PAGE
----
13. Hello everyone. I just want to share a MOC i've made recently, it is a c-model of the set 42095 "Remote-Controlled Stunt Racer", so it was designed using only available parts on that set. It is quite a departure from the original, no one would think it was possible to build such a racer with this set. It uses a single l-motor to power one of the rear wheels and the other l-motor is dedicated to steering, which returns to center automatically by using a rubber band. The only limitation are the "tracked wheels", since there is no rubber, they don't have traction on smooth surfaces, this vehicle can only run on rough terrain like dirt, sand and snow, so it is basically an off-road racer. I tried to add as many details as possible given the available parts. The battery pack button is easily accessible, the IR receiver is on top to get the cleanest signal possible and the cabin is used for cable management, giving it a cleaner look. Building instructions are available at Belle-Ve Bricks For anyone who decide to build it, the most obvious modifications you can do is to replace the "tracked wheels" by normal off-road tires; or to apply rubber studs. Everyone feel free to share your opinions.
  14. Gabor

    [MOC] RC Scania Milka Truck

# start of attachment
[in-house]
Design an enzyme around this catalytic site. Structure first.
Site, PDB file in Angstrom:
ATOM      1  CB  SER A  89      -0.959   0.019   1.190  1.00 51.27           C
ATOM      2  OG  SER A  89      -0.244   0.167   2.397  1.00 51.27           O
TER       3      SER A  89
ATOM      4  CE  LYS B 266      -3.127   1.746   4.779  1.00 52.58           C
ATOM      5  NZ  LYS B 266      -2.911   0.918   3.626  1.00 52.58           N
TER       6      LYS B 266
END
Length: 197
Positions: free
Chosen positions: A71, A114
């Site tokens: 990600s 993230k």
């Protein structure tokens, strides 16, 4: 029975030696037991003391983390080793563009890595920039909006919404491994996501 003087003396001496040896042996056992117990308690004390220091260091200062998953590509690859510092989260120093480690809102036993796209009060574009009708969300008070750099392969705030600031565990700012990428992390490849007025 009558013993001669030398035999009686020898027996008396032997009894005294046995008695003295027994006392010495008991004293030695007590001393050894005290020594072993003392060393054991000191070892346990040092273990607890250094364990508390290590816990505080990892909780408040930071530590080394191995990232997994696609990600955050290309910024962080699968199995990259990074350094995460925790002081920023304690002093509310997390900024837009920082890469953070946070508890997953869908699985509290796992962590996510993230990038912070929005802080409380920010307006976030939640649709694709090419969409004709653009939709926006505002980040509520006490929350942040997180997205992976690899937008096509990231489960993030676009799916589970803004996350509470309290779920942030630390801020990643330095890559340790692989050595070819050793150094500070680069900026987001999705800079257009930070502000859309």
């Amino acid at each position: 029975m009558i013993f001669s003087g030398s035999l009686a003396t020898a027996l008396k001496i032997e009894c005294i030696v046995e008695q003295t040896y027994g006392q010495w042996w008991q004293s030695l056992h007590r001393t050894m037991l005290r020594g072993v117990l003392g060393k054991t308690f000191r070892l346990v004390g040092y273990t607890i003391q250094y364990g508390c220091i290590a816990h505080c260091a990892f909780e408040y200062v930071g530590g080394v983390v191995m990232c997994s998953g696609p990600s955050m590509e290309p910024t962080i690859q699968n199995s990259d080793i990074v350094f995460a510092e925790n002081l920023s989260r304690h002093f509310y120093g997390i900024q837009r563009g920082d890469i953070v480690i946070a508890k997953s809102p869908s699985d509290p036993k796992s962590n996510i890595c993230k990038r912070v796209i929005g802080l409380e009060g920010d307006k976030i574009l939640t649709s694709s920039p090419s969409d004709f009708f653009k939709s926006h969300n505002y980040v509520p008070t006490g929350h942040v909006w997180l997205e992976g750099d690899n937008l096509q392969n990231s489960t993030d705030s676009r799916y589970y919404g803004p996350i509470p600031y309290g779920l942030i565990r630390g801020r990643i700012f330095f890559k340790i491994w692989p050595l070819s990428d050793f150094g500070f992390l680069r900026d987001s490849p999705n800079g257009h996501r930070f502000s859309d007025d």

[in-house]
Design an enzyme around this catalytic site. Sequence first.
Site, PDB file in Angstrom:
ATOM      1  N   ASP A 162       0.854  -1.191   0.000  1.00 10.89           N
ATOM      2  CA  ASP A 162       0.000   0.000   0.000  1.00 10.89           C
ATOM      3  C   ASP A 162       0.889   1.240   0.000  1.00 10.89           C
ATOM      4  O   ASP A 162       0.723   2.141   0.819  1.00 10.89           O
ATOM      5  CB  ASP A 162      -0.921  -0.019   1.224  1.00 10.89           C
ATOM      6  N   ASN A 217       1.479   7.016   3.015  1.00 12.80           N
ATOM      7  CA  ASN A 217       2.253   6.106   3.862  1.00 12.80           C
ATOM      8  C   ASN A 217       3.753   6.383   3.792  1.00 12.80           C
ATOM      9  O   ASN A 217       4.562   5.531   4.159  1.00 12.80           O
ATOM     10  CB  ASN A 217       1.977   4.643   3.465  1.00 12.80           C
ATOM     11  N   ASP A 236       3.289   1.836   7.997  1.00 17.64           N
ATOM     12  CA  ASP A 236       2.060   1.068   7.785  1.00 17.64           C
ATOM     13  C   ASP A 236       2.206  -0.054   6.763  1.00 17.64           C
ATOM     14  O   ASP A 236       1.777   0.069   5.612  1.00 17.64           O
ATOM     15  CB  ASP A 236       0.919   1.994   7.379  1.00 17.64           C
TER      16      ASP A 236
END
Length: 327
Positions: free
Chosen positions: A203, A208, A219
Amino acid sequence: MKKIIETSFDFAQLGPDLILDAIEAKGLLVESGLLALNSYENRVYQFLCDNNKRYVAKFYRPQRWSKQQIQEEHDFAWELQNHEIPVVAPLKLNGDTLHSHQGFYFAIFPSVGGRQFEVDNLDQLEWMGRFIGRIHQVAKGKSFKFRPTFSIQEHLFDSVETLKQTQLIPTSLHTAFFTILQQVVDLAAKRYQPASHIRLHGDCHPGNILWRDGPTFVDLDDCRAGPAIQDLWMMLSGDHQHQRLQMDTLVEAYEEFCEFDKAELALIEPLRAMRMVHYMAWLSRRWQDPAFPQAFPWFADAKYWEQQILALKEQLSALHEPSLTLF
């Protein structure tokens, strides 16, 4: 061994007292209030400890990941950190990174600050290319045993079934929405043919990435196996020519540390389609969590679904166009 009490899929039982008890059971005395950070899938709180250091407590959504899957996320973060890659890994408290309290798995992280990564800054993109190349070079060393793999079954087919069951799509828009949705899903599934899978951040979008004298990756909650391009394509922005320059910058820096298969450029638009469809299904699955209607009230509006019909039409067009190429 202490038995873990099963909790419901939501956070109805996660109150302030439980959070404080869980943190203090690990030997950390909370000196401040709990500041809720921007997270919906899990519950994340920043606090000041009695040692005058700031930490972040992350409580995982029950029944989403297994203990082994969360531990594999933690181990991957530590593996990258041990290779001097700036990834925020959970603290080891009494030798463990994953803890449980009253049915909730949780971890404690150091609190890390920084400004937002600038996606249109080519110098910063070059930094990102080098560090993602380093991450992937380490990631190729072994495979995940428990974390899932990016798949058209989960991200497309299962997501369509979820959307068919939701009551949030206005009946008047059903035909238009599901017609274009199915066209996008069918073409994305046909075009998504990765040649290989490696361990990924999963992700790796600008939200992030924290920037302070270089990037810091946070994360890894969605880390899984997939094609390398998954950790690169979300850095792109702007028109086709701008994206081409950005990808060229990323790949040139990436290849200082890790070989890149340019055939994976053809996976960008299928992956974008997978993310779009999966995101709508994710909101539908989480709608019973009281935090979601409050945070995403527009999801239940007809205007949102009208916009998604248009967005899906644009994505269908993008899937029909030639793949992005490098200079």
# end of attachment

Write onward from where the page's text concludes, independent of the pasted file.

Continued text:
Hello everyone! I´m really happy to present you my next MOC, the Milka truck, which is my 6th remote controlled vehicle at minifig scale! I have built it between December 2018 and March 2019. I have already shown it on two Lego events in Germany, there is an article about it on Zusammengebaut and there is a video on Youtube, in which I am interviewed. It is in German, so if you understand it, it is worth to watch it! Unfortunately I have found only now the time to make some pictures and an own video: The video is a new record from me. It contains the most visual effects among my other videos. I was very happy during the making of it, because last time I have made only rarely videos. It was nice to spend a time again with the camera. It took a little bit longer, as I planned. Because of the complexity I had to record some parts not only once and it was very time consuming to create some scenes on the computer. I´m really proud of the result, hope you will like it, too. Till now it is the most simple and most difficult tiny RC from me at the same time. Simple, because the technic costruction inside is very compact. Difficult, because the modelling of the Scania front and the letters of the word “Milka” meant a really big challenge for me. Now you can find the electric parts just simply near each other in the truck, and the chassis is under the electric parts. It is only 3 studs high. Earlier in the same vehicles you could find 3 pairs of gears, which brought the power from the motor to the wheels. Now it is only 2 pairs. The servo motor for the steering is exactly there, where we need to have it. It can steers the wheels directly, without any long and big construction. The original plane was that I put the receiver or the battery box in the trailer, but finally I found a place for all the parts in the truck. For the chassis I have used a lot of half liftarms and small pieces of rigid hoses. They are very good here, because I can cut them in for example 1 or 1,5 stud long pieces, too. In the truck the battery box is exactly over the driven wheels, so the truck can go very reliable on terrains, which are unfriendly. I mean, it can go up to the pedestrian area in a Lego City and it can destroy everything. The whole truck contains approx. 1020 parts. Most of the bricks are in the body. You can read the world “Milka” on the sides four times, but all the four sides are different. It is changing, how I could fit the side panels, what kind of other parts they have to hold, or how many place I had in the truck near the motors or the other things. During the designing of the cabin, I was afraid, that it will be ugly with the big white panel on the top, but finally I think, it´s ok. If you would like to see and try the truck in real life, visit the Bricky Way 2020 Lego exhibition in Györ, Hungary. It´s not far from Vienna. 7-8 March, 2020! Facebook: https://www.facebook.com/brickyway These are the infos, which I wanted to share you about my newest creation. Hope you like it! :)